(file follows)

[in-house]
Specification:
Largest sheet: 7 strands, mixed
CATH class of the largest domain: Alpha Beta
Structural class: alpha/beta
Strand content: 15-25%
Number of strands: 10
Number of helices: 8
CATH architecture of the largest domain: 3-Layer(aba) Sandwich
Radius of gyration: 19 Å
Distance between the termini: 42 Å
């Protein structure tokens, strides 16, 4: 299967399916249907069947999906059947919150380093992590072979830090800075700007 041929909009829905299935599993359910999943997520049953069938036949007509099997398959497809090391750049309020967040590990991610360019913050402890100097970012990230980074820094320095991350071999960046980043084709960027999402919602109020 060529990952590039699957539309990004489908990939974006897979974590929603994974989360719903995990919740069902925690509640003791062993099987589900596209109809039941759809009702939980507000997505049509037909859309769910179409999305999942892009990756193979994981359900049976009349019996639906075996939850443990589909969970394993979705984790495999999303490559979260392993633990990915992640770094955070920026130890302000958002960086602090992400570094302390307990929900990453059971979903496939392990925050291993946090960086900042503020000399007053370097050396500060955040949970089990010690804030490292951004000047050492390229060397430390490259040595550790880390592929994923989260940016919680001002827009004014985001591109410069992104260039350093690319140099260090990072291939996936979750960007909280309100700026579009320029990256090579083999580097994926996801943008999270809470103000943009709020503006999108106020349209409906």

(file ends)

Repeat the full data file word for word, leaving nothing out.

[in-house]
Specification:
Largest sheet: 7 strands, mixed
CATH class of the largest domain: Alpha Beta
Structural class: alpha/beta
Strand content: 15-25%
Number of strands: 10
Number of helices: 8
CATH architecture of the largest domain: 3-Layer(aba) Sandwich
Radius of gyration: 19 Å
Distance between the termini: 42 Å
């Protein structure tokens, strides 16, 4: 299967399916249907069947999906059947919150380093992590072979830090800075700007 041929909009829905299935599993359910999943997520049953069938036949007509099997398959497809090391750049309020967040590990991610360019913050402890100097970012990230980074820094320095991350071999960046980043084709960027999402919602109020 060529990952590039699957539309990004489908990939974006897979974590929603994974989360719903995990919740069902925690509640003791062993099987589900596209109809039941759809009702939980507000997505049509037909859309769910179409999305999942892009990756193979994981359900049976009349019996639906075996939850443990589909969970394993979705984790495999999303490559979260392993633990990915992640770094955070920026130890302000958002960086602090992400570094302390307990929900990453059971979903496939392990925050291993946090960086900042503020000399007053370097050396500060955040949970089990010690804030490292951004000047050492390229060397430390490259040595550790880390592929994923989260940016919680001002827009004014985001591109410069992104260039350093690319140099260090990072291939996936979750960007909280309100700026579009320029990256090579083999580097994926996801943008999270809470103000943009709020503006999108106020349209409906």